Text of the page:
13. sounds like a good planand yes show us pictures, I would like to see finished product
  14. Wow, how do you rate Mustang Steve's help?
  15. RPM

    New Ride/Project

    I'm the 56 classic in the middle. My brother is too my left, and Mustang Steve is to my right. Canyon Lake TX is gorgeous.
  16. My MSD box caused me lots of issues and it was pretty much brand new when i purchased my mustang . I was chasing a no spark intermittent issue. It would run OK on the most part but other times have no spark. Left me stranded once. I changed out the magnetic pickup and leads and the issue persisted. I checked the msd box using the paperclip method and found it was the box. I know most guys run the boxes under the hood but heat will kill them. MSD is not what it used to be . The leads are rubbish . I removed the whole system and replaced it with ICE ignition a couple of years ago and never looked back.
  17. OK will do! I honestly think that the firewall was just stamped poorly. I went to NPD today to see if they had one that I could measure but they didn't. They are getting one in for me next week. From the bottom of the rocker to the top of the firewall corner is 21.5" on both sides on the original car. On the new firewall its 21.5" on the drivers side and 22.5" on the passengers side. That's where the gap is. I think its just a bad firewall.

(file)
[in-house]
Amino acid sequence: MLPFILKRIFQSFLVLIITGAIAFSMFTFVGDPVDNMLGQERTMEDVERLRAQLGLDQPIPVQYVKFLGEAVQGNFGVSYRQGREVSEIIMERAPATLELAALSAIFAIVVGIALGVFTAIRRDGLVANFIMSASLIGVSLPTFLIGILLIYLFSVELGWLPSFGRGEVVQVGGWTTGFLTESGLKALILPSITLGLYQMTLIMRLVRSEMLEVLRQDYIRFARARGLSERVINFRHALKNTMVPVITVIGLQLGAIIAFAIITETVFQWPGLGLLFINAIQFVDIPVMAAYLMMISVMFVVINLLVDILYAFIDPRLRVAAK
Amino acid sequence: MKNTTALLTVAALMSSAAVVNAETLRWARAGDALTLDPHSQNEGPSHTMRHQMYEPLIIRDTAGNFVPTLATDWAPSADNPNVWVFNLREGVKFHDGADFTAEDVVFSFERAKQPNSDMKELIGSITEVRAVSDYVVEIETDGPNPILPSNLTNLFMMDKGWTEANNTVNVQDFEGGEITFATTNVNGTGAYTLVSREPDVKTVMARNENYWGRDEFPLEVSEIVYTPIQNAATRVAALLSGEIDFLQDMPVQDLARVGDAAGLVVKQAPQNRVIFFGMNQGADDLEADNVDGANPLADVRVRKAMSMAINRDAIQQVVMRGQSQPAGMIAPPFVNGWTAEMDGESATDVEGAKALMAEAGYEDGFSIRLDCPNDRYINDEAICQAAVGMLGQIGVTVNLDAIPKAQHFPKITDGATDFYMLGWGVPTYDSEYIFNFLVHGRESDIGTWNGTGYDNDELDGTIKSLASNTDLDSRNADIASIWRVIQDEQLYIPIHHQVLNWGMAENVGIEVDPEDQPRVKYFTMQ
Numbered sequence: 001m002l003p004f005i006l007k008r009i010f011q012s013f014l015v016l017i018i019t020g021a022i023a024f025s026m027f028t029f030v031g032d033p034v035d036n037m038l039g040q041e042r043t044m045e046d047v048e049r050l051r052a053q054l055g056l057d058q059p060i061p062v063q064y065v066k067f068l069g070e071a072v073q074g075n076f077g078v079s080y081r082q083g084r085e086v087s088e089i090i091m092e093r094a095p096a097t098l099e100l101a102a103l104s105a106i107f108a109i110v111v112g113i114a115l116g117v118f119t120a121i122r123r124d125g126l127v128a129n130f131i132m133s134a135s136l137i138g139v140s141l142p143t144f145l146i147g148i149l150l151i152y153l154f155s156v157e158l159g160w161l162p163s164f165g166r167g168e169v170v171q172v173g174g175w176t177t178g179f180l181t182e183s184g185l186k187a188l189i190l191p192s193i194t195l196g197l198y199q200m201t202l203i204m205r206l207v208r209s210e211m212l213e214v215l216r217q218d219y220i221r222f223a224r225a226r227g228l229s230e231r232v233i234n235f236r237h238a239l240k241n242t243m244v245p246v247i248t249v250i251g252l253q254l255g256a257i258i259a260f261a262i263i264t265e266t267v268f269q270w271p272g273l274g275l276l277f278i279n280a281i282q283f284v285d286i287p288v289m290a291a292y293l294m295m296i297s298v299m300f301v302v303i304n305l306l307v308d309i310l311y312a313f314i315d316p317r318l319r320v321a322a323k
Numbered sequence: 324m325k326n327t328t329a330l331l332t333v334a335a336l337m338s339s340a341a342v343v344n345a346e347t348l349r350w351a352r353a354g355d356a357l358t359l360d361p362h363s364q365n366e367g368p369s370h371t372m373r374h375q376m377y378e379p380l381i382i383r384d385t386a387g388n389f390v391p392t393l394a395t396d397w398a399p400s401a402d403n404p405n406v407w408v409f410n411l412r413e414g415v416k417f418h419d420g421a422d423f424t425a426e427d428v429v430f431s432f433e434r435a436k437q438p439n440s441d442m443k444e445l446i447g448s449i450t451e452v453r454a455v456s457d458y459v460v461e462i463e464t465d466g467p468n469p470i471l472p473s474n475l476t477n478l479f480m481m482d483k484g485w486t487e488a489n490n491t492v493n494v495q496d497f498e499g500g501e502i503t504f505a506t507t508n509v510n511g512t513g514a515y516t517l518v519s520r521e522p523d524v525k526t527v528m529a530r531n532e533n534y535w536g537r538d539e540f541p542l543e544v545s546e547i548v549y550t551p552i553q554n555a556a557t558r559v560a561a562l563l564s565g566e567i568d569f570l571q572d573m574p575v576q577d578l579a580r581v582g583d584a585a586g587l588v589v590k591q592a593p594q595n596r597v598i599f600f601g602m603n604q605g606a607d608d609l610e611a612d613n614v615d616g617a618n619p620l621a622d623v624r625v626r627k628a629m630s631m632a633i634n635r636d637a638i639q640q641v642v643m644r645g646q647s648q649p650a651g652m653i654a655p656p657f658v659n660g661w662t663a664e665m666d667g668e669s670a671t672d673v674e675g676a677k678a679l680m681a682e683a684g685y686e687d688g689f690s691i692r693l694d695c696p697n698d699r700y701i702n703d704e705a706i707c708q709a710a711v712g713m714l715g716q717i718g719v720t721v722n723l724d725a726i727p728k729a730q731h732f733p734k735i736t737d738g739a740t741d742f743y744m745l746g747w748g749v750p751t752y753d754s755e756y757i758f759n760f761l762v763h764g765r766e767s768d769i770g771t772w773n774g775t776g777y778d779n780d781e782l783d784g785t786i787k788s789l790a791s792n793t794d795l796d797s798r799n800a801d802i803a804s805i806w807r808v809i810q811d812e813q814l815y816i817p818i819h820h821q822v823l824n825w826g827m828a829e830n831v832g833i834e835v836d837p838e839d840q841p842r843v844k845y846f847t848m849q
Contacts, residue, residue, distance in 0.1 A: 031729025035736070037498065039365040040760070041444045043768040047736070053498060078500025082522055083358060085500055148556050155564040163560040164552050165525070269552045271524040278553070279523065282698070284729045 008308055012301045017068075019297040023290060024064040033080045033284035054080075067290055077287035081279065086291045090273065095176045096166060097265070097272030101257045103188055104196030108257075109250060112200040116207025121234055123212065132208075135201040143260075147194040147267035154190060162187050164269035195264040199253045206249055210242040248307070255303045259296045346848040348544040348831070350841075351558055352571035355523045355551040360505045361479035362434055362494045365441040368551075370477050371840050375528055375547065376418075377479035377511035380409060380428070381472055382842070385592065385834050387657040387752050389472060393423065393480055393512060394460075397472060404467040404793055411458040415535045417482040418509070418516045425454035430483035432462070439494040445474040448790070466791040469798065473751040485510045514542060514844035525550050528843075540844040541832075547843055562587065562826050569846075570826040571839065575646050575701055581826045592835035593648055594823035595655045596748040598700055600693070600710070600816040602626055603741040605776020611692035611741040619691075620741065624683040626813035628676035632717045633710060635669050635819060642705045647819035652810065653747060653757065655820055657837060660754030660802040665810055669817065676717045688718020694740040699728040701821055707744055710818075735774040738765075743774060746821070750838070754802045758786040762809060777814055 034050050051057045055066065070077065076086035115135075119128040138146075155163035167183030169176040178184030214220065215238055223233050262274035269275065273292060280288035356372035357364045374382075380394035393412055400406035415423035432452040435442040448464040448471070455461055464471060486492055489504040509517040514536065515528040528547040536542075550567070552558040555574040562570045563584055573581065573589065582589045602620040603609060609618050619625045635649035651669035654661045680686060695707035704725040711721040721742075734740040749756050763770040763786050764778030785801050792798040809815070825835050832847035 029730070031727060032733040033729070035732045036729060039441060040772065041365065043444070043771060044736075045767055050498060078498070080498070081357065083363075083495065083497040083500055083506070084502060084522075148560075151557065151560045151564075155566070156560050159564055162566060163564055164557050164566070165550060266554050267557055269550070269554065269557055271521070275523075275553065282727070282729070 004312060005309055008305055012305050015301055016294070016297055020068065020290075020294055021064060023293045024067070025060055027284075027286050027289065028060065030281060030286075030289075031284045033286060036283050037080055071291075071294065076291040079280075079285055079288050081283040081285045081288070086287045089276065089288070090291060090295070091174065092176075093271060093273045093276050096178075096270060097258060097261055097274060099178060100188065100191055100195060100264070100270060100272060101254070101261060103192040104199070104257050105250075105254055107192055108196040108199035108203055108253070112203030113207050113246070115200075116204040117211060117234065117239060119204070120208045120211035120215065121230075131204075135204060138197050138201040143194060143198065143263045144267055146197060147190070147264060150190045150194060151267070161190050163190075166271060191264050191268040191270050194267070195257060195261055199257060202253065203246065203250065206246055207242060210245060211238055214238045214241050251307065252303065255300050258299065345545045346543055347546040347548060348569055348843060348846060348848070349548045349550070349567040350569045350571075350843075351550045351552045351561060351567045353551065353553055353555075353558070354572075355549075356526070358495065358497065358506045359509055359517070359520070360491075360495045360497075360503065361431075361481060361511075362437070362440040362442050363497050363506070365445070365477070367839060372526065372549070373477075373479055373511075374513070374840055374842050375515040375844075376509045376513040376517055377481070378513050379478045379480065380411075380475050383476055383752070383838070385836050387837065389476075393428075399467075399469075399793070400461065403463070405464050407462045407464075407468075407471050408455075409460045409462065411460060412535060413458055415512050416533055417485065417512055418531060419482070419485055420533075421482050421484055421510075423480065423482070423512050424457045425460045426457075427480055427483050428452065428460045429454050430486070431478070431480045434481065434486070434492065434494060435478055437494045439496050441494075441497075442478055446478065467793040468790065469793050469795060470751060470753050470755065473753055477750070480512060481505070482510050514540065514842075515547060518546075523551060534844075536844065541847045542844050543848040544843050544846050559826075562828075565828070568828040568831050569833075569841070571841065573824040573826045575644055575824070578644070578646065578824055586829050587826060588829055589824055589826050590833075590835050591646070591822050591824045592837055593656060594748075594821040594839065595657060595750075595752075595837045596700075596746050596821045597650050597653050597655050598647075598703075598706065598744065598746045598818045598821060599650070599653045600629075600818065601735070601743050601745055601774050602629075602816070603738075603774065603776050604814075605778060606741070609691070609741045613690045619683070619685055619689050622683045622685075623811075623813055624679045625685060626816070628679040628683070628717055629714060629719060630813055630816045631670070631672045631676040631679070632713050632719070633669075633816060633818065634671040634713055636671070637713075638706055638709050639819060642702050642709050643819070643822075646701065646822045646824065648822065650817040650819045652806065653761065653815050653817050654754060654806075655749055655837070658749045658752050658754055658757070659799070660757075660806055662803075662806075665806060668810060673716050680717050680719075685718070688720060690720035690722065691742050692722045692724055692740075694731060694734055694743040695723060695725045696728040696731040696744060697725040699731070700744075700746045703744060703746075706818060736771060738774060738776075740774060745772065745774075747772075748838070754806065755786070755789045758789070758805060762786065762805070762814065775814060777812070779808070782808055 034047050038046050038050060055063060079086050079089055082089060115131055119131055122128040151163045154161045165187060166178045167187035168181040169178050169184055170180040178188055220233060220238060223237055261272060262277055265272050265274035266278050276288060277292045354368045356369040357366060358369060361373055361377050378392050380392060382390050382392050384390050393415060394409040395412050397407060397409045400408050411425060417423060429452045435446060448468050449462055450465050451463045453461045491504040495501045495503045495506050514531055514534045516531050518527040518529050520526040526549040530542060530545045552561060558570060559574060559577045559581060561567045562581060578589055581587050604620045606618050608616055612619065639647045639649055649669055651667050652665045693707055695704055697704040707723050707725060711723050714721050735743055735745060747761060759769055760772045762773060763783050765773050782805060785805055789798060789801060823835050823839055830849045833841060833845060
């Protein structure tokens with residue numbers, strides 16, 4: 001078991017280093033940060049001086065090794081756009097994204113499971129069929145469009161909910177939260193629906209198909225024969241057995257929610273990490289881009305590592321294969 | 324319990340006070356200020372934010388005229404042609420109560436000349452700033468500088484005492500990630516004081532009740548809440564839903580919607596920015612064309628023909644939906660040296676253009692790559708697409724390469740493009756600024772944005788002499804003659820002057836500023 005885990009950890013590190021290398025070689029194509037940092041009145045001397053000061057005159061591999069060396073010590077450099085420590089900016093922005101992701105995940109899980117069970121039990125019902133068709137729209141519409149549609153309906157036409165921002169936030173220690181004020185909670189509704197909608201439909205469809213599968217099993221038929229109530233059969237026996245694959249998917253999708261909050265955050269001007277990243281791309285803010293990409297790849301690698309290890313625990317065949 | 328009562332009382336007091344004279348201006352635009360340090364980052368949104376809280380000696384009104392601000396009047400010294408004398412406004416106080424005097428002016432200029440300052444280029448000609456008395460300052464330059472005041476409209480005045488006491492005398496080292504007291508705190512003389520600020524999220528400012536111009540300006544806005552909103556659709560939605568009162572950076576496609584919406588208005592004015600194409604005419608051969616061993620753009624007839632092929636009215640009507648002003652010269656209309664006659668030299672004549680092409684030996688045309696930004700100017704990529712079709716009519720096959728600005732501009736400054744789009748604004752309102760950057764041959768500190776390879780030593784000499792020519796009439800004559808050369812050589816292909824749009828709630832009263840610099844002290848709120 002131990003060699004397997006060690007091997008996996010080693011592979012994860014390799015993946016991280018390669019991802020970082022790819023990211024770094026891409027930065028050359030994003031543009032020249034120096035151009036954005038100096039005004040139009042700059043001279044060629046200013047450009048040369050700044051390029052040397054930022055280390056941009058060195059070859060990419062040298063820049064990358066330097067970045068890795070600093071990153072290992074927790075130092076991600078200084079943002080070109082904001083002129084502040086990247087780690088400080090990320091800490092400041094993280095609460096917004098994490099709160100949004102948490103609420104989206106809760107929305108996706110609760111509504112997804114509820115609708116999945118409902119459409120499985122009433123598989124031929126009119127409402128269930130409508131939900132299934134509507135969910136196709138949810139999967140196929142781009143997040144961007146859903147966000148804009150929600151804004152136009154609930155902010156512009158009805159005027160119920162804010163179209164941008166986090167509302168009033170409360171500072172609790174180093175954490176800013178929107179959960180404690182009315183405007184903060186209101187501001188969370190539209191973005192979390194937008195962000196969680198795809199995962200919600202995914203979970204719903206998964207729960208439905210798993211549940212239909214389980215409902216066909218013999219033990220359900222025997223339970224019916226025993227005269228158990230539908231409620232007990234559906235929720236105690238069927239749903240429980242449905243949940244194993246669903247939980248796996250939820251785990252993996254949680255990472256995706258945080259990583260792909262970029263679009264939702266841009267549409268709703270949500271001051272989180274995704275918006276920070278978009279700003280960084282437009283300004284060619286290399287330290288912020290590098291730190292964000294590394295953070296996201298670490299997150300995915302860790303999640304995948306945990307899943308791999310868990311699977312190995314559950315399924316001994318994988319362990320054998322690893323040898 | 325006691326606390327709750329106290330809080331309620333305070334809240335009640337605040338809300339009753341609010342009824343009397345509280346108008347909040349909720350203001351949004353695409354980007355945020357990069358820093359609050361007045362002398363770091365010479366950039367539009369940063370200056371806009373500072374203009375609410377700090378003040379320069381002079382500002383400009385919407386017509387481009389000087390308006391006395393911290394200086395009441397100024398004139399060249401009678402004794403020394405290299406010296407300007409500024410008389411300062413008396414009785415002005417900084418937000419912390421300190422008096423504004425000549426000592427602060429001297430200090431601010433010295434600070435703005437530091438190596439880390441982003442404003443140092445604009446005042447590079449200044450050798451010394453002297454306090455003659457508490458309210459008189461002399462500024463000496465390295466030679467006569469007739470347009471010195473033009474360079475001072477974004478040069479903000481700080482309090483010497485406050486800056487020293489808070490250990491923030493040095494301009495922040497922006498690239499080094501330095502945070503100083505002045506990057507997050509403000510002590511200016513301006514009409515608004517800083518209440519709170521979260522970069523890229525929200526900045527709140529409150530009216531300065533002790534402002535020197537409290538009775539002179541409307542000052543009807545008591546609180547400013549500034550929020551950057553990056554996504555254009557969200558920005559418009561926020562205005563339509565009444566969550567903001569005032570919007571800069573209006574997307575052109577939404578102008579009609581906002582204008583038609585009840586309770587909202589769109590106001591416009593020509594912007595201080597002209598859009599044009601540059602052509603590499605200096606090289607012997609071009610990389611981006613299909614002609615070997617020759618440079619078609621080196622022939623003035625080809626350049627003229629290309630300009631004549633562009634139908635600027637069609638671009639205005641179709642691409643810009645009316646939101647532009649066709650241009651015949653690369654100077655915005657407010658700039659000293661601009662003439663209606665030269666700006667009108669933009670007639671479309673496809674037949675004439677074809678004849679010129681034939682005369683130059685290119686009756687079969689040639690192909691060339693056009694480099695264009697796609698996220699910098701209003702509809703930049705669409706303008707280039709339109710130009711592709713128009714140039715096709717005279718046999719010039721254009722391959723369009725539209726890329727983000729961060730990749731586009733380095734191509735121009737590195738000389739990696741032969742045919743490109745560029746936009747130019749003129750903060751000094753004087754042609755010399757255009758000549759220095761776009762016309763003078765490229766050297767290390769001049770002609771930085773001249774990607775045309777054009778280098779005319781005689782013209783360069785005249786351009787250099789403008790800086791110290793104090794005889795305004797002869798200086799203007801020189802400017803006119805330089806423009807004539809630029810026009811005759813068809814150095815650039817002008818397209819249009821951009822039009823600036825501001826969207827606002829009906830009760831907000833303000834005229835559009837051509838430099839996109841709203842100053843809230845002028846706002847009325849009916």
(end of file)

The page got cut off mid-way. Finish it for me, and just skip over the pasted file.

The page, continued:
18. So we haven’t been standing still, we just haven’t started on it. Still finishing dads Dart. I am collecting parts where I can. Mainly when I see a good deal on original parts. I found a rear valence that needs some work but is in good shape. I found a grille support bracket as well. Finally, my Dynacorn floor came in! Got a killer deal on eBay, and it shipped direct from Dynacorn.
  19. Midlife

    New Ride/Project

    I'm sure the amount of rust removal involved would tell the story...
  20. det0326, I found the thread with the barrel spacers. There was a lot of feedback about the tensile strength vs. sheer strength. After reading that I decided to by 1” square tubing. I’m gonna bolt the tubing and seat tracks at one time on the base of the seat using 2 grade 8, 5/16 x 2 1/2” bolts, lock washers and nuts. On the original seat tracks there are a few rivets that one shouldn’t grind down, so I’m gonna put a couple 5/16s washers in between the track and tubing on the 2 1/2” bolts, I’ll take some pictures once I get things going.
  21. Those cowl sides should be mirror image of each other. Remove them and butt them up together to see if they match. If they do, you have a problem somewhere else.